Physics, Feynman and copyright

Dear readers,

I took my blog offline 10 days ago because I got an email from Mr. Gottlieb, which I copied below. Mr. Gottlieb and Mr. Pfeiffer did mankind a favor by publishing Feynman’s seminal Lectures on Physics online. While doing so, however, they reclaim on what is basically a very standard textbook which was published almost 60 years ago.

I think I’ve done my utmost to properly attribute material. The e-links go straight to the online edition, and the name and site of this blog (readingfeynman.org) say it all. I also think I’ve done my best to put Mr. Gottlieb and Mr. Pfeiffer in the picture in the ‘About‘ section of this blog, where I actually recommend you do not read this blog but just buy the Lectures (or use their site) and grind through them yourself.

Fortunately, I am one of the lucky people to have an original 1963 print copy and I should, therefore, probably change all references and refer to this original edition. I am sure Richard Feynman would have approved of that.

In fact, I was thinking of fundamentally reviewing all of my blog posts anyway as part of the insights I gained while searching for a realist interpretation of quantum mechanics, which I published on Phil Gibb’s viXra.org site as well as on academia.edu.

Indeed, I now think Feynman was very close to a full and complete realist interpretation of quantum mechanics. In fact, when I re-read his lectures on electromagnetic mass and his classical explanations of the spin and angular momentum of an electron, it makes me think he privately must have had such realist interpretation. But then he probably couldn’t say so as a mainstream academic—and especially not as one who was eager to get a Nobel Prize.

He got one in 1965, together with Schwinger and Tomonaga. He, therefore, had huge stakes in keeping the ‘mystery’ alive and ensuring the survival of gauge and quantum field theories and all of the associated nonsense.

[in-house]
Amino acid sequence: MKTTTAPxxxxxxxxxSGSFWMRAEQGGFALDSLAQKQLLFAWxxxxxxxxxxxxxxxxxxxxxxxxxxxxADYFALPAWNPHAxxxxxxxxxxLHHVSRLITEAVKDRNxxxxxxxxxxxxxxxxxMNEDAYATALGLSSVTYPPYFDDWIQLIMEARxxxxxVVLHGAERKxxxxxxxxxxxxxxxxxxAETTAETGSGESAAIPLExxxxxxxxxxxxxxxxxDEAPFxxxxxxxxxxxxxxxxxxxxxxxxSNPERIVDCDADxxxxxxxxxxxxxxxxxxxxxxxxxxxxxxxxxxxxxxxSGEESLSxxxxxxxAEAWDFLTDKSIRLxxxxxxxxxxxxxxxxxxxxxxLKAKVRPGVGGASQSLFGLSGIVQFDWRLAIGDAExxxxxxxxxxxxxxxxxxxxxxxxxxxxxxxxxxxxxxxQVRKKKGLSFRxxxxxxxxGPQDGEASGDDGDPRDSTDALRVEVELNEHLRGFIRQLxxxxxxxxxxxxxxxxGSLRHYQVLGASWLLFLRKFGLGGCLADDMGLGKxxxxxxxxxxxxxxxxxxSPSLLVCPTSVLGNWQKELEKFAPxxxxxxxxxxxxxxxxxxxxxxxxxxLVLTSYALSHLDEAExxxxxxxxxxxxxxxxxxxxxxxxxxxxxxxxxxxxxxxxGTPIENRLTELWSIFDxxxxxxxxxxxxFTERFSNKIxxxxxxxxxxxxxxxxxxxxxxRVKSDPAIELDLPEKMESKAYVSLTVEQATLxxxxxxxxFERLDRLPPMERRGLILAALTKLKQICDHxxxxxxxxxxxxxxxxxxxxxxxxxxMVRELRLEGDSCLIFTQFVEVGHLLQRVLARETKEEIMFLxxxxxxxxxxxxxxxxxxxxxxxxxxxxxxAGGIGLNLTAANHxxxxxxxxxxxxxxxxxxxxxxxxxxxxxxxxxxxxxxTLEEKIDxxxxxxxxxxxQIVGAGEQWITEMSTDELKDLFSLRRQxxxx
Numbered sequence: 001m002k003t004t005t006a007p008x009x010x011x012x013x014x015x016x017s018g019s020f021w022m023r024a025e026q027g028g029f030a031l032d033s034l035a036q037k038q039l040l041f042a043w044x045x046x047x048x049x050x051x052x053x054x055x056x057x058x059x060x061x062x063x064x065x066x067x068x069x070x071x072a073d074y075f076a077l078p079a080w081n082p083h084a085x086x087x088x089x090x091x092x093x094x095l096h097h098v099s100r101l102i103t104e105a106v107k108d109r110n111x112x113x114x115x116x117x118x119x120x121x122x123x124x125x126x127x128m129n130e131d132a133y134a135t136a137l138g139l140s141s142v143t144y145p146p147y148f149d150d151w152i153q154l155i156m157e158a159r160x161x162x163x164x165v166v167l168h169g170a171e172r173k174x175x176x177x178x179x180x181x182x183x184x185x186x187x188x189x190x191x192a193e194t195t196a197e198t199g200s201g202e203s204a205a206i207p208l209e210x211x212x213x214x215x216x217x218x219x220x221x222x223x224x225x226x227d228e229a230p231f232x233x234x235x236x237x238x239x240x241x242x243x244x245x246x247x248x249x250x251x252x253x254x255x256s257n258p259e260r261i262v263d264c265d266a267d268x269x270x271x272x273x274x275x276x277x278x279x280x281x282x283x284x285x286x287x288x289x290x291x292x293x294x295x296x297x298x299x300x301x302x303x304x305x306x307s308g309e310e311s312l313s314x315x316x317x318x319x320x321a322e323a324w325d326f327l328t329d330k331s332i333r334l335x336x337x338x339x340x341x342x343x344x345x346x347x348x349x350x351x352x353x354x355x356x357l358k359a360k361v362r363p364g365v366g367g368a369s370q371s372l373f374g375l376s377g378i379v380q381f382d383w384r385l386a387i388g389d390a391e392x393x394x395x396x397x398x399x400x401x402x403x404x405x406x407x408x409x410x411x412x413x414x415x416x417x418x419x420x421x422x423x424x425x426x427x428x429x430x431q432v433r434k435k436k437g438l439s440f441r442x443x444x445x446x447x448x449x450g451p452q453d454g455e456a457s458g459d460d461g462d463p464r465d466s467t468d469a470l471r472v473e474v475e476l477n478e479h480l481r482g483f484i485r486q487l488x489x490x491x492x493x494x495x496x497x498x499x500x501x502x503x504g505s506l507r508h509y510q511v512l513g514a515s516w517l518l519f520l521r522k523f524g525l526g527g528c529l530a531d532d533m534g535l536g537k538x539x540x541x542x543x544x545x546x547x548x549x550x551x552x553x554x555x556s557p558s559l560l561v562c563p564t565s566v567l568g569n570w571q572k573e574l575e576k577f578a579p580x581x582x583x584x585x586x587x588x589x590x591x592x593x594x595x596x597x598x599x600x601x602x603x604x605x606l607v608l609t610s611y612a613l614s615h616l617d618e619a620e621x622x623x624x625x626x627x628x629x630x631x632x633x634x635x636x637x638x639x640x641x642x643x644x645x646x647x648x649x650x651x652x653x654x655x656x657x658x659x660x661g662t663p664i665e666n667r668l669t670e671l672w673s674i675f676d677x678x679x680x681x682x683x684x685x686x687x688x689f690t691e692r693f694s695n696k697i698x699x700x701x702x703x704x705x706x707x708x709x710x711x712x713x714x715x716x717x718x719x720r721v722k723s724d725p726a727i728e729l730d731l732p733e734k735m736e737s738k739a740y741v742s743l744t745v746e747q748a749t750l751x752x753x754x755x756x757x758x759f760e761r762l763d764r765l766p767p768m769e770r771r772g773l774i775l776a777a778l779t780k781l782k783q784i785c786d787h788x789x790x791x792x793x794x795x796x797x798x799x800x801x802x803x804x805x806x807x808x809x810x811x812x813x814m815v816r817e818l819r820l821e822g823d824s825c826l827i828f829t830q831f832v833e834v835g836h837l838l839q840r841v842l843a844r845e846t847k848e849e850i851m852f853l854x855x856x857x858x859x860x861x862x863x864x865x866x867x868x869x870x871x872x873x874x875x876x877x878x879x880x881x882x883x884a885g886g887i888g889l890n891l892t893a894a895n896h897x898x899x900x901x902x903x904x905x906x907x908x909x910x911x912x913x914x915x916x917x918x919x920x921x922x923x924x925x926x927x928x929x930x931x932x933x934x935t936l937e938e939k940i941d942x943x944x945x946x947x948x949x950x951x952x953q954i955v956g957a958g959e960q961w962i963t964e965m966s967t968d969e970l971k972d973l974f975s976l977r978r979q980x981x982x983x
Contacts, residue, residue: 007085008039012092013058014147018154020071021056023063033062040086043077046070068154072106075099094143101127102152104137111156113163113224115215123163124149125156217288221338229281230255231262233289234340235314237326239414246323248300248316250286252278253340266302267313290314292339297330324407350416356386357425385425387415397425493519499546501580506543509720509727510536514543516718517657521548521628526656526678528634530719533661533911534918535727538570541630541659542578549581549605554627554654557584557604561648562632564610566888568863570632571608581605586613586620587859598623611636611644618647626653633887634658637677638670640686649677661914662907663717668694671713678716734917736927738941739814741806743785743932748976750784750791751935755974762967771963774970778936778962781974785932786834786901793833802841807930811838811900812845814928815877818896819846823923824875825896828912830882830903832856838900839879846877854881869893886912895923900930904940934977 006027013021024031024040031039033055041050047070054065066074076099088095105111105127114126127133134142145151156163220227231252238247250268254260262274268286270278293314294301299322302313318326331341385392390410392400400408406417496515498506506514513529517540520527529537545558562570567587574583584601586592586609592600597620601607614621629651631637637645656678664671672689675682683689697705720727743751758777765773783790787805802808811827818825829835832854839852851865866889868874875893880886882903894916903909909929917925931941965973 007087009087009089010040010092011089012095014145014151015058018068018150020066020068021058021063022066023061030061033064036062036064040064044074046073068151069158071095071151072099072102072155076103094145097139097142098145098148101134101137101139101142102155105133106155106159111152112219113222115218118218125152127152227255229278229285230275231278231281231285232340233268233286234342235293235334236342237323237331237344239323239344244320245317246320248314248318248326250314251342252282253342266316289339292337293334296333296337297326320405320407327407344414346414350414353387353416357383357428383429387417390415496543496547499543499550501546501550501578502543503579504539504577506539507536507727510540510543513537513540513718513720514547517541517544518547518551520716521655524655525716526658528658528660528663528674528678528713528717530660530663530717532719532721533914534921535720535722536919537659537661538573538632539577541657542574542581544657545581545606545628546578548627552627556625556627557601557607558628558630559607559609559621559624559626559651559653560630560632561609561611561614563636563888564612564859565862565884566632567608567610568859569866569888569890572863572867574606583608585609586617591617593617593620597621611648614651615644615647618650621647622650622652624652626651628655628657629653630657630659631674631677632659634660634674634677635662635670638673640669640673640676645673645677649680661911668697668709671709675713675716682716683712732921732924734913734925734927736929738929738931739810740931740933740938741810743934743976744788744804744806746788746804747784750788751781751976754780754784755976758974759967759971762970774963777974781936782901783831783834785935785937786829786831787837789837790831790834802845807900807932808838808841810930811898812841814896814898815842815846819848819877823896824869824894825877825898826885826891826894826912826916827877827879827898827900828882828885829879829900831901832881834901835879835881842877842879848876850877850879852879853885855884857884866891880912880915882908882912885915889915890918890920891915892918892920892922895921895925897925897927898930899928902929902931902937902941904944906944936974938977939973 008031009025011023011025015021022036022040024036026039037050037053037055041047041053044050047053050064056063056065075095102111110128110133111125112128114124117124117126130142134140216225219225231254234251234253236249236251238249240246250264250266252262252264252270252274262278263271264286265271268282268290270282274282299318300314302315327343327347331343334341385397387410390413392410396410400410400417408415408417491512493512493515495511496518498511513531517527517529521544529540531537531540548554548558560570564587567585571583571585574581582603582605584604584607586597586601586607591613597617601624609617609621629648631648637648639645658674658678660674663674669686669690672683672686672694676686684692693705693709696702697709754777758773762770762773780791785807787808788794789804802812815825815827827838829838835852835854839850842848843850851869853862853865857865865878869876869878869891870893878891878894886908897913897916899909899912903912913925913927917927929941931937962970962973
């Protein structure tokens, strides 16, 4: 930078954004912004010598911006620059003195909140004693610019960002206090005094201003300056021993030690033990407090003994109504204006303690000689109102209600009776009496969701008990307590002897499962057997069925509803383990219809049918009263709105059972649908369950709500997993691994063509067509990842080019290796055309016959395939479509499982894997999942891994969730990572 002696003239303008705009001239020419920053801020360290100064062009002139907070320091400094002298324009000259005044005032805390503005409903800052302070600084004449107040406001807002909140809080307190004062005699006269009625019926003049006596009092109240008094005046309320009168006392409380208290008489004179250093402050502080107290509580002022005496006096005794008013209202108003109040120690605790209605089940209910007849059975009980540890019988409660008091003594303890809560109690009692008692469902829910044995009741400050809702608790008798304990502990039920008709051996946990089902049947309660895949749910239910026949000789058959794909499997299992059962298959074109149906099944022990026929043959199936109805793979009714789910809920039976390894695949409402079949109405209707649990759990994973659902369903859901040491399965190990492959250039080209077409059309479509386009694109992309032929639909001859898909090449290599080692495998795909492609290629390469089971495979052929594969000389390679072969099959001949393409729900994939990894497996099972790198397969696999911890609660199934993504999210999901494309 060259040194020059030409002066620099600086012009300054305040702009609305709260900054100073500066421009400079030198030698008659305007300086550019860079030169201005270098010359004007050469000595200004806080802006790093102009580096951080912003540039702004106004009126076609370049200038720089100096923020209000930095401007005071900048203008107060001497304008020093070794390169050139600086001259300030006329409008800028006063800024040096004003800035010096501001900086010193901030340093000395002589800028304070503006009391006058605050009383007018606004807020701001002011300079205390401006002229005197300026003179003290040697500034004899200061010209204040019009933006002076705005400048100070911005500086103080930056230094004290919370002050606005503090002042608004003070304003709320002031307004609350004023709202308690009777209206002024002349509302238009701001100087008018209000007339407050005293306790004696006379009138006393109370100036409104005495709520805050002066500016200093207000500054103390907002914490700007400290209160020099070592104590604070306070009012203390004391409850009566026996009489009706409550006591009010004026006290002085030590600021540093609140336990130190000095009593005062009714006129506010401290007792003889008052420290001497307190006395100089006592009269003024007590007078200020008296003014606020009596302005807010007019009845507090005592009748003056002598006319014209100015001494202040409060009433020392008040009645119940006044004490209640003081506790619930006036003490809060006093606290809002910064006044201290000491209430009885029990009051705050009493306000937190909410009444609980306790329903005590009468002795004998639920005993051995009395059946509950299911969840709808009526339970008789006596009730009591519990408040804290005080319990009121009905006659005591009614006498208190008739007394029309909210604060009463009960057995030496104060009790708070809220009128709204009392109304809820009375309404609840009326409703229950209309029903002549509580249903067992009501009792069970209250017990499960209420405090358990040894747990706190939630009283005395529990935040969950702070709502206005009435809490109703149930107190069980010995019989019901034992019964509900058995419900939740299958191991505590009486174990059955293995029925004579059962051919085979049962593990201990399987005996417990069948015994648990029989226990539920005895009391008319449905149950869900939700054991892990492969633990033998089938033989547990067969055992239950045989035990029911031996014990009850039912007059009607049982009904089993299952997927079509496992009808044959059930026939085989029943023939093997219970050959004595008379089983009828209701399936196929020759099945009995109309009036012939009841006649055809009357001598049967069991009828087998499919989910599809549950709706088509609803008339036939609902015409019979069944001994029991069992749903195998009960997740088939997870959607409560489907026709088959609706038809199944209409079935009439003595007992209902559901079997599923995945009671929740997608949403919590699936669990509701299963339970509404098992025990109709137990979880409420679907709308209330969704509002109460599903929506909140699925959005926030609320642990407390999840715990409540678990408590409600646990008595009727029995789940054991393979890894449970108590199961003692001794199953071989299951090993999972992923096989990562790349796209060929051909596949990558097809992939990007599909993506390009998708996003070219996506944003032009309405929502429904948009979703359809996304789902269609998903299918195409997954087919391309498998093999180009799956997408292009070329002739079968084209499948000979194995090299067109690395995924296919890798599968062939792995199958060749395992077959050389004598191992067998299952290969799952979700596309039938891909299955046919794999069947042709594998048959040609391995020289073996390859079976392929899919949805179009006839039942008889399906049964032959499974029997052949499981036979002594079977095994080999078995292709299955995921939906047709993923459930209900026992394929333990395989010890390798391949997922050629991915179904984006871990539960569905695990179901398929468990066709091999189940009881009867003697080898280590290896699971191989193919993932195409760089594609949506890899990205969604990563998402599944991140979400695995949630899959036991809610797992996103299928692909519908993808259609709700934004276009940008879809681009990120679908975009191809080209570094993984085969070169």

Jean Louis Van Belle

20 February 2020 (20/02/2020)

Post-scriptum (dated 23 February 2020): We’ll do our best to make Mr. Gottlieb happy. 🙂 I was planning to review the whole site anyway to add some references here and there to my more recent models of the photon, the electron and the proton. Plus some other corrections so as to incorporate some more recent insights. In the process, I’ll check on the links. I will probably refer to the original 1963 print edition instead of the online edition. Too bad Mr. Gottlieb doesn’t understand it’s people like me who direct (rather than divert) traffic to it.

—–Original Message—–
From: Michael A. Gottlieb <codelieb@caltech.edu>
Sent: Monday, February 10, 2020 5:01 PM
To: Support <dmca@automattic.com>
Cc: Jean Louis Van Belle <jeanlouisvanbelle@outlook.com>; Adam Cochran <adam.cochran@caltech.edu>
Subject: Re: [-] DMCA submission from codelieb@caltech.edu

Hello,

I sent you two DMCA notices because when I sent the first one (detailed below) I did not understand the kinds of links to the material you would accept in your notice. So I sent links to Mr. Van Belle’s posts (below) in which the copyrighted material is infringed. However, after sending that I realized I could be (and should be) more specific, so I sent a second DMCA notice (which you’ve also acknowledged) with links to specific copyrighted material that is being violated, namely, figures and images of equations copied from the online edition of The Feynman Lectures on Physics on which I share copyright with Caltech and Rudolf Pfeiffer.

Mr. Van Belle would like to make “Fair Use” of the figures in The Feynman Lectures on Physics, and Caltech, myself and Rudolf Pfeiffer welcome him to do so. The problem is, that he isn’t doing that, because Fair Use requires proper attribution, which Mr. Van Belle is not giving our material.

Two years ago we contacted Mr. Van Belle about another one of his blogs in which our copyrighted material is similarly infringed. [He did not mention at that time the fact he had another (WordPress) blog (the one I am complaining about now) in which he was similarly infringing.]  In our letter Caltech’s Office of the General Counsel provides Mr. Van Belle with instructions on how to attribute our copyrighted material when it is re-published in his blogs for “Fair Use”. I have copied that letter below.

I would like to retract this DMCA notice (but not the other one I sent, concerning images), because, as I wrote above, this one may be too broad. We are specifically concerned about images (figures and images of equations) that Mr. Van Belle has copied from www.feynmanlectures.caltech.edu and is using in his blog without proper attribution. This is addressed in the second DMCA notice I sent you, and which you’ve acknowledged under separate cover.

(We are also concerned about copyrighted text Mr. Van Belle has copied where it is not properly attributed – specifically, the text of exercises in our book, Exercises for The Feynman Lectures on Physics, which is the subject of his WordPress blog – but we prefer to deal with that separately, as it violates a different copyright.)

This email is copied to Caltech’s Office of the General Counsel and to Mr. Van Belle.

Best regards,

Michael Gottlieb

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